Visit for Two, Four, or Six to the Museum of Work and Culture (Up to 48% Off)

Museum of Work and Culture

Woonsocket

$16 $10

Nine walk-through exhibits share the stories of the immigrants who traveled to Rhode Island in the late 19th century in search of prosperity

90-Minute Weekday or Thursday Evening Sunset Schooner Cruise from Connecticut River Museum (Up to 36% Off)

Connecticut River Museum

Essex Village

$60 $39

Take in the Connecticut River's wildlife and surrounding landmarks while aboard a schooner

Select Local Merchants

Many a 19th-century summer day, William Skinner would wipe his brow with a silk handkerchief and breathe in the sweet scent of wisteria vines. His wife, Sarah, had trained the vines to grow alongside their sprawling home, which he had built in 1874 with the profits from his silk-manufacturing business. He named it Wistariahurst in honor of his wife’s prized vines, which continued to grow even after the stately home passed down to the next generation of the Skinner family and, in 1959, to the city of Holyoke.

The wisteria vines have not stood the test of time alone. The home's elaborate woodwork, original leather wall coverings, and elegant columns have also remained intact. Every week, the docents at Wistariahurst Museum lead tours across the historical estate, elaborating on the Skinner family's history and showcasing collections of architectural prints and silk textiles from the family's manufacturing business. In addition to tours, staff members regularly offer workshops that teach Girl Scouts about such Victorian-era pastimes as knitting and playing parlor games with the ghosts in the attic.

In the warmer months, Wistariahurst’s immaculately manicured gardens play host to a wide variety of events. Concerts and lectures remain open to the public, and private rentals allow guests to hold weddings or play ill-advised games of hide-and-seek in the minotaur labyrinth.

238 Cabot St
Holyoke,
MA
US

The Amherst College–owned Emily Dickinson Museum preserves the memory and work of the poet and hyphen master by maintaining the estate where she lived and composed many of her nearly 1,800 poems. The museum includes The Homestead, her birthplace and longtime residence, which stands near The Evergreens, where her brother, Austin, lived with his family. Emily and her siblings were all avid gardeners, cultivating flowers and hedges throughout their 3-acre estate. Emily herself maintained a conservatory for her collection of exotic plants, and she drew endless inspiration from her natural surroundings for her work.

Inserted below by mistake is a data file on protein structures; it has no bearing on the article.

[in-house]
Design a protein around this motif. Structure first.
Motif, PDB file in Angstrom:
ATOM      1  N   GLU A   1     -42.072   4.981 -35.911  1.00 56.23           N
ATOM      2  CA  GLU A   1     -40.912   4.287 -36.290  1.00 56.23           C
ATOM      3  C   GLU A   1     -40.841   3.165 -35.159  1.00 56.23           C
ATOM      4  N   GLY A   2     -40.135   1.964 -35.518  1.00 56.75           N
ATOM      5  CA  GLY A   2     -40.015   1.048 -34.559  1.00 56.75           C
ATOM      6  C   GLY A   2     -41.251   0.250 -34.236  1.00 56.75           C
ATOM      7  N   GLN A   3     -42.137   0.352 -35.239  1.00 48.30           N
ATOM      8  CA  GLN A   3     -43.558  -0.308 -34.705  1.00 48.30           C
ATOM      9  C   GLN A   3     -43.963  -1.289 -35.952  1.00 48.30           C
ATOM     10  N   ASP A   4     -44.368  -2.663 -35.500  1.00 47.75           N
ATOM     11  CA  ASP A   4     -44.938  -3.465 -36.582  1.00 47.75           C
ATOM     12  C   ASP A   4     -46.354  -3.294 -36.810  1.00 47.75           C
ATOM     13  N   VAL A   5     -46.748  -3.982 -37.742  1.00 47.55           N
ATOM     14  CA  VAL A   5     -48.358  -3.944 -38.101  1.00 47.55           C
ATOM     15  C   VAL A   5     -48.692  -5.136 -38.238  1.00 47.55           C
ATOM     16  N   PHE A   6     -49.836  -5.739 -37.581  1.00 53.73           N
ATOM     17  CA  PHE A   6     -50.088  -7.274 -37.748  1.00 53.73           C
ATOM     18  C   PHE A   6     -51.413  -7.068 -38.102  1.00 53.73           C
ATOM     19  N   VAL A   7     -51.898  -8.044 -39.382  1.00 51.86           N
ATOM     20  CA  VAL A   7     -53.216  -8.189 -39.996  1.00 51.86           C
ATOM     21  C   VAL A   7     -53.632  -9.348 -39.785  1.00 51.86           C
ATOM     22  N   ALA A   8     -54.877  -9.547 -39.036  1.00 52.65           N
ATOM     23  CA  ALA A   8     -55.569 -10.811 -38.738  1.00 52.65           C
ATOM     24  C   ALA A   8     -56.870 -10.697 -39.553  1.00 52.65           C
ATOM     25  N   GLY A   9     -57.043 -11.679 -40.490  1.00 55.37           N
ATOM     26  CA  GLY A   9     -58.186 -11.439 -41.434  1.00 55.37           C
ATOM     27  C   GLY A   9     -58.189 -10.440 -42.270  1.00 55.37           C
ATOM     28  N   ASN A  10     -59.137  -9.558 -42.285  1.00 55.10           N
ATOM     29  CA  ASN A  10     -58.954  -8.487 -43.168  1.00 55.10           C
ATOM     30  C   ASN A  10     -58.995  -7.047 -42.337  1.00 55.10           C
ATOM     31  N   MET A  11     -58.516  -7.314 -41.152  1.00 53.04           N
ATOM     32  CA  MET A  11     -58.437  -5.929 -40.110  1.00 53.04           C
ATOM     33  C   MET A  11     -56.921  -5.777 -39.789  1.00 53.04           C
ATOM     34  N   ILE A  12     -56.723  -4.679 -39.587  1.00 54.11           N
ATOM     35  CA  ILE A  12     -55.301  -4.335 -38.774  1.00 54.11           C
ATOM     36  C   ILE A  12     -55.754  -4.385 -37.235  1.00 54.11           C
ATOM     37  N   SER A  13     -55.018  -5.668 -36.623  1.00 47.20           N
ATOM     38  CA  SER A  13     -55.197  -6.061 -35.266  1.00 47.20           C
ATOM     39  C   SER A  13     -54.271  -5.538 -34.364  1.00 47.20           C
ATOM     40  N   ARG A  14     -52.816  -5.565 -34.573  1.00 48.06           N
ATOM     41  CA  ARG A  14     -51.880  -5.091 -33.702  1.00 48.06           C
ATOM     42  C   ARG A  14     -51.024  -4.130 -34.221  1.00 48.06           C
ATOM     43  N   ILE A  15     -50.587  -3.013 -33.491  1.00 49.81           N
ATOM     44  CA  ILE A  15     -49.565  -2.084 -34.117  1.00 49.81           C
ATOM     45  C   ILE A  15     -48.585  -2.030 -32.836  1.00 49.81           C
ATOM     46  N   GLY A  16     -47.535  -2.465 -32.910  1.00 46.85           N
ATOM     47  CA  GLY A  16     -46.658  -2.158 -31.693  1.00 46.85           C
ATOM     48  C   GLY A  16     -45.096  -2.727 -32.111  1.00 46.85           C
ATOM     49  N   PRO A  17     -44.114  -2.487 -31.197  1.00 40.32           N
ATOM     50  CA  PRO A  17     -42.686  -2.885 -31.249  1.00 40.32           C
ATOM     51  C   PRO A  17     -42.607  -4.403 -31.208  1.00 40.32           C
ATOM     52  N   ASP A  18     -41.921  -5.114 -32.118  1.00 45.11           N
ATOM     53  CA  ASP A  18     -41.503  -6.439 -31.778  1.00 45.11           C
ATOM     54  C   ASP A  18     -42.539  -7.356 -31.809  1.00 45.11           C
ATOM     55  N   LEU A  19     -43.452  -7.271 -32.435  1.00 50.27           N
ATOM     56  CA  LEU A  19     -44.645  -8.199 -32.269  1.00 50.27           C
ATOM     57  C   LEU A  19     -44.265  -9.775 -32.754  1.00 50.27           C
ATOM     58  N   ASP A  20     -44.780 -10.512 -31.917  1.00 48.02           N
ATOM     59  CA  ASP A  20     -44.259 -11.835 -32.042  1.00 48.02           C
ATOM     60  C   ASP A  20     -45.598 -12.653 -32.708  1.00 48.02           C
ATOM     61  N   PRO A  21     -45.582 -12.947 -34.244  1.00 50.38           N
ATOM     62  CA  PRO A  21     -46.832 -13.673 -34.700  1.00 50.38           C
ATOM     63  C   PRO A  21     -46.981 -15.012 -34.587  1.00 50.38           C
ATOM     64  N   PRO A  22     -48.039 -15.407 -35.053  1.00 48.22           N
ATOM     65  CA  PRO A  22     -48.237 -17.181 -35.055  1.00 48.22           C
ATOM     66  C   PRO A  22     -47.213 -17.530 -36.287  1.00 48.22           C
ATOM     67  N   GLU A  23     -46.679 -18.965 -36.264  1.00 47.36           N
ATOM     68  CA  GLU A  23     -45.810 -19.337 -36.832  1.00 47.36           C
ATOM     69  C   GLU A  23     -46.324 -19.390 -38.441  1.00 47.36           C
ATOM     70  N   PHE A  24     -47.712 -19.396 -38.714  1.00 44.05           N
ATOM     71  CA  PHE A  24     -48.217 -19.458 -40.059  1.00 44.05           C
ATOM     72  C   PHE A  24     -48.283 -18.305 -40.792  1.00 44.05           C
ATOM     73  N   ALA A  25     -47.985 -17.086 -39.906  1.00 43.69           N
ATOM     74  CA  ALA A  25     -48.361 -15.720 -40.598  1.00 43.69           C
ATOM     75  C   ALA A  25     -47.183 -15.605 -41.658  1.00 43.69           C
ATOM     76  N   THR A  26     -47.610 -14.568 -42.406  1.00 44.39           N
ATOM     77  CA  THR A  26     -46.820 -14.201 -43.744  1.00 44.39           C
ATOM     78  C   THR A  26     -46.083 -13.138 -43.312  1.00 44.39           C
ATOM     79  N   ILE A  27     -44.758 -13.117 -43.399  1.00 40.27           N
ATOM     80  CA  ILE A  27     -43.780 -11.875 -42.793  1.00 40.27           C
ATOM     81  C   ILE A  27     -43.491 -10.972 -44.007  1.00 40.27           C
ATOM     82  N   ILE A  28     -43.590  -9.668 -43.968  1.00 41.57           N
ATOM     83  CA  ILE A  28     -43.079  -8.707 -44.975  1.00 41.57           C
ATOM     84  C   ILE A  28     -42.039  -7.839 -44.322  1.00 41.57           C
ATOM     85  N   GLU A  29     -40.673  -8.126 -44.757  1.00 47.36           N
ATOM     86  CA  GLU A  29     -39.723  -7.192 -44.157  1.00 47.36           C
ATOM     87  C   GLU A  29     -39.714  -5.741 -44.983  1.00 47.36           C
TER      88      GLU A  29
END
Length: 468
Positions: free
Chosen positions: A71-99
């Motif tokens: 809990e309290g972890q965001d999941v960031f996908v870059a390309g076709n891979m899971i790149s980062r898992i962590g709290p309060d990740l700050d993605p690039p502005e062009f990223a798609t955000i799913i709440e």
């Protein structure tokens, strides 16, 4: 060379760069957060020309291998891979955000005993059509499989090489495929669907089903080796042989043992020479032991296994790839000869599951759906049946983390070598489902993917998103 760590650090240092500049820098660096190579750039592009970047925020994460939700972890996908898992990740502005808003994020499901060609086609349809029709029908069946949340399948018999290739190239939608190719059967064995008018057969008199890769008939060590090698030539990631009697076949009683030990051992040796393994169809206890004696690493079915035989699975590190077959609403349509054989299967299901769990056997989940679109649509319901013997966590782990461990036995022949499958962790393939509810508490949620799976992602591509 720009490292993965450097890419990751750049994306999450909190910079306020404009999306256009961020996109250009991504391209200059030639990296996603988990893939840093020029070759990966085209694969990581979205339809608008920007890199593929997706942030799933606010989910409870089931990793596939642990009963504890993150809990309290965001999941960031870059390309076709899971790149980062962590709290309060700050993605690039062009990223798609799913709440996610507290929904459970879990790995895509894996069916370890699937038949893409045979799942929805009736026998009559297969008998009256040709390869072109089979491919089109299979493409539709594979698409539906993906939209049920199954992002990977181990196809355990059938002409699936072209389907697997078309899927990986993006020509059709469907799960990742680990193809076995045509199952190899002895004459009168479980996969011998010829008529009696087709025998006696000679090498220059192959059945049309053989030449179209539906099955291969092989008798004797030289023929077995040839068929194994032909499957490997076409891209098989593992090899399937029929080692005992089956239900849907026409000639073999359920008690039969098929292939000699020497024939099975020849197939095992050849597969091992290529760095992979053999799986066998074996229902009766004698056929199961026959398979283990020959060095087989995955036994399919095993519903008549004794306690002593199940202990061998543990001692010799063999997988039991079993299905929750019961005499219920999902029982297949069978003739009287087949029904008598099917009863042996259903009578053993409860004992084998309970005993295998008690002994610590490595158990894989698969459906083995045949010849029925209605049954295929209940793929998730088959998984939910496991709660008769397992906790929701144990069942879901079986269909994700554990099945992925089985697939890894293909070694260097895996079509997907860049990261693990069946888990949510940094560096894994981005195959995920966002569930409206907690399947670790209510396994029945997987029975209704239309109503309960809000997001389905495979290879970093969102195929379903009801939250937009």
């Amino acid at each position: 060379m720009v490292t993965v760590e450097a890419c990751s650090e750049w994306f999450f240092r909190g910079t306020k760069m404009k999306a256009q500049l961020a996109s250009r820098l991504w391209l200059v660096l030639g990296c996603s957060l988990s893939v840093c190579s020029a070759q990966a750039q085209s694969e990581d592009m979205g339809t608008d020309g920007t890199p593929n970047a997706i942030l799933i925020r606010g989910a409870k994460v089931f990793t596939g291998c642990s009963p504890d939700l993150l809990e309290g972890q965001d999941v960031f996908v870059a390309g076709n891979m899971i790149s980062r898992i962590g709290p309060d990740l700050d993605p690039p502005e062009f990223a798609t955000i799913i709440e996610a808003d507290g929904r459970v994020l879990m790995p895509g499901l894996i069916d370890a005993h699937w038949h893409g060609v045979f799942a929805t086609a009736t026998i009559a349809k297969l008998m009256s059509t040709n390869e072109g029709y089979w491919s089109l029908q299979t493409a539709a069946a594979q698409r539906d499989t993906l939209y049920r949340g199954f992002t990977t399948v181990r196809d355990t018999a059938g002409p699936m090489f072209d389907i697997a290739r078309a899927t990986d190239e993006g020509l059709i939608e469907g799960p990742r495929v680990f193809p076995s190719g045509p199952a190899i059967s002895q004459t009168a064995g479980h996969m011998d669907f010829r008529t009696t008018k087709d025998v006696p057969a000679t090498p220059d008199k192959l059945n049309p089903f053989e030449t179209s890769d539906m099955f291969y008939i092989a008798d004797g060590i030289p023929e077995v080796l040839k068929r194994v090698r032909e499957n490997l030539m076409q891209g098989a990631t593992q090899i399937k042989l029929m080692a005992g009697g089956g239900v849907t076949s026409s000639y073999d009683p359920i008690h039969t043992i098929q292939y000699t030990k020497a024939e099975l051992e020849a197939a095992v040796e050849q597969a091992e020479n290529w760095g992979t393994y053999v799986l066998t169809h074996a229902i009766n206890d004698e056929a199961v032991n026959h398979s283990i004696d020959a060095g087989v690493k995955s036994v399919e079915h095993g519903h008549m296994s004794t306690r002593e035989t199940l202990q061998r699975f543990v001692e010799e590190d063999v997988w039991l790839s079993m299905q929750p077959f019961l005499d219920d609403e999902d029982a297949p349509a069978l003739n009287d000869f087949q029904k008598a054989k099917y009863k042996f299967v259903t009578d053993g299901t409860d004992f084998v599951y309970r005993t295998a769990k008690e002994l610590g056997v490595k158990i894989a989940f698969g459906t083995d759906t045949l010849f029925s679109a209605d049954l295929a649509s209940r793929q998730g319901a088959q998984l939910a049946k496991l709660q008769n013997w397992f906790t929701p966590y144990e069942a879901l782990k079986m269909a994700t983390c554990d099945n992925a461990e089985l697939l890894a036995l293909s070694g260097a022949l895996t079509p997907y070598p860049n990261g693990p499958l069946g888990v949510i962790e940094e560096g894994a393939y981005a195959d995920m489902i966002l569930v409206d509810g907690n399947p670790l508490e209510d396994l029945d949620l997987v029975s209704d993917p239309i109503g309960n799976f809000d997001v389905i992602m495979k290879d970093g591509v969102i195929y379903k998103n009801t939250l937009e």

The Emily Dickinson Museum welcomes field trips for groups of students and schedules events throughout the year to celebrate her poetry and role in American literary history. Interactive poetry discussion groups meet at various Amherst locations, keeping Dickinson's style relevant by communicating only in rhyming quatrains.

280 Main St
Amherst,
MA
US

It takes three large exhibit hangars and an open-air tarmac to hold New England Air Museum’s large collection of more than 80 civilian and military aircraft. Here you can see one of the remaining Boeing B-29 Superfortresses, one of the most advanced bombers during World War II. The museum also contains the Republic RC-3 Seabee, a single-engine amphibian aircraft. The collection encompasses helicopters, gyrocopters, and gliders. There’s even the Silas Brooks Balloon Basket, a basket circa-1870 that’s thought to be the oldest surviving aircraft in the United States.